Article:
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Do you know about the Dark Side of Chocolate? 2018-03-28 오후 11:18:00

Abdul is a worker in the cocoa fields of the Ivory Coast. He cuts the cocoa pods and takes the milky coated white beans out. He has done this for three year, and now nearly became a professional, but he never tasted chocolate. This is what is happening currently for many children in parts of Africa.

Chocolate is made from cacao beans, that grow mainly in areas of tropical climates such as Western Africa, Asia and Latin America. But the main source of chocolate is west and central Africa, as approximately 70% of the world's cocoa currently originates from those areas. A large number of international known chocolate brands and companies rely on the production on the cocoa made in west Africa, which is a popular place of child labor. Some global companies already promised their consumers to end the use of child labor as a source for their products. However, there are still a explosive number of children even younger than 15, working in cocoa farms in Africa.

Poverty is essentially the main reason of why children end up in cocoa farms. Their families usually suffer from extreme poverty and they sell their children for as little as $30, because they need the money, but also they don’t have the ability to feed their children. So at a young age, children get sold to child labor in order to save their family.

These children end up in chocolate farms in different ways but after a child enters the farm, they may not be able to meet their family for years, in some cases, forever.
The children are currently are known to be aged between 12- 16 years, but it is also said that reporters saw children of 5 too. And it is statistically said that 40% are girls.

The day begins at 6 for the children and they work until evening, their daily tools are chainsaws and long knives. They clear forests with these dangerous tools, climb cocoa trees to cut bean pods, and pack the pods into sacks that weigh more than 100 pounds when they get full. Then, they have to drag these sacks through the forests. The environment of the living area of the children is extremely unsanitized and is deprived of very basic necessities. They are provided with food that can be gained with the cheapest price as possible, such as corn paste and bananas. The place they sleep in are sometimes wooden planks or small buildings with absolutely no windows. They don’t even have access to purified water or clean bathrooms. Child labor on cocoa farms can lead to health deterioration and high risk of unsafety. Since the children carry around hazardous tools like how normal children carry around pencils and pens, they have a high risk of getting injured, meaning that the safety of the children isn’t guaranteed at all. Also, they are exposed to toxic chemicals. These conditions may lead to health complications like malnourishment. It may also end up with chronic diseases and lifetime health issues.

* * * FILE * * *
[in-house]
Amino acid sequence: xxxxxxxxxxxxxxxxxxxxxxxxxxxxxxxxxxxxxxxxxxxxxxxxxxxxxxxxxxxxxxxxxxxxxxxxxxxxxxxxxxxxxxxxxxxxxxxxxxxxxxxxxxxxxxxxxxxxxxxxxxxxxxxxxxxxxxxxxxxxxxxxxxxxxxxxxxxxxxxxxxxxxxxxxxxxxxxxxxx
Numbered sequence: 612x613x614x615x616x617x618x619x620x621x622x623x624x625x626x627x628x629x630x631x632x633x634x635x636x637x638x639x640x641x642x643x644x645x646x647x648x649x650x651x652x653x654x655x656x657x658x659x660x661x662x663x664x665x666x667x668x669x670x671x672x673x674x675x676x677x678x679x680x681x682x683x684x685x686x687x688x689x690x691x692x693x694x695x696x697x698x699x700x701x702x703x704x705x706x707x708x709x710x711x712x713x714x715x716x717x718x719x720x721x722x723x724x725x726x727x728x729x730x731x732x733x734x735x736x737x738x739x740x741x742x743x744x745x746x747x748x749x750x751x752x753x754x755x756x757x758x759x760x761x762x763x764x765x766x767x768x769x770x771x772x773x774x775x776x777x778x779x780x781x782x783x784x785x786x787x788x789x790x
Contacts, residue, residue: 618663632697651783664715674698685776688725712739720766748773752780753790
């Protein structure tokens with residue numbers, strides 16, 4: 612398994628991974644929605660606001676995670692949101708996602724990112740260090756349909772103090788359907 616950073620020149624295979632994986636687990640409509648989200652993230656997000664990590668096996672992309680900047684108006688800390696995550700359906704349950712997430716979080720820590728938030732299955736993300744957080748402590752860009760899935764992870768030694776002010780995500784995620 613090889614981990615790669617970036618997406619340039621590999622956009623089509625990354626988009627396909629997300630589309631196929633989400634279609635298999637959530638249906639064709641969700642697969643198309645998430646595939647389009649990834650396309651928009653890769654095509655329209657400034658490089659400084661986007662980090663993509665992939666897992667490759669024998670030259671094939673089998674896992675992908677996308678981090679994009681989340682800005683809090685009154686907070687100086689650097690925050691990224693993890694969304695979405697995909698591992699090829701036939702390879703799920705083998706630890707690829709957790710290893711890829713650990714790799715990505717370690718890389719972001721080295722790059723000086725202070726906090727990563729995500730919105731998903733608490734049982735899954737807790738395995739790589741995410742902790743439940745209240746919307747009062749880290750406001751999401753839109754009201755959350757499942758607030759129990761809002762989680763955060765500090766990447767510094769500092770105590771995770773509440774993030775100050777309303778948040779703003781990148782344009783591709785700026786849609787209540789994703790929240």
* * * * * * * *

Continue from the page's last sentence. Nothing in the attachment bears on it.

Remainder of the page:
Some child workers, who have the full rights for education, do not have access to education. There is a high rate of children that are working in Ghana and the ivory Coast. 10% of child laborers in Ghana and 40% in the Ivory Coast do not attend school. Some of the children labor and go to school at the same time.
Child labor in these chocolate farms do not provide education to most children, because employed children don’t have the leisure to run back and forth to school. So, eventually, years of their childhood fly by, deprived of any education. And this lack of education leads to illiteracy, which is the one of the major consequences of children gone through child labor. When they are illiterate and aren’t educated, the children of the cocoa farms have merely any hope of breaking the cycle of poverty. Most children, come to cocoa farms in order to help their family in poverty. In short term, they may be able to help their family to fend off poverty to some extent. However, in long term, poverty will keep on waiting since the children didn’t have the chance to get educated, and thus they have limited opportunities to get employed. Consequently, they are better off of failing in life and will probably not contribute in breaking the poverty cycle.

Child labor is legally wrong, but it also goes against moral values. Childhood is a time when children can find their talents, develop dreams, and begin to pursue their dreams. Child labor is what cuts out the bright future of children and replace it with a darkened years. And the chocolates that we eat everyday are no more than bitter sweets that are the products of these endless cycles of child exploitation.




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Seoul International School
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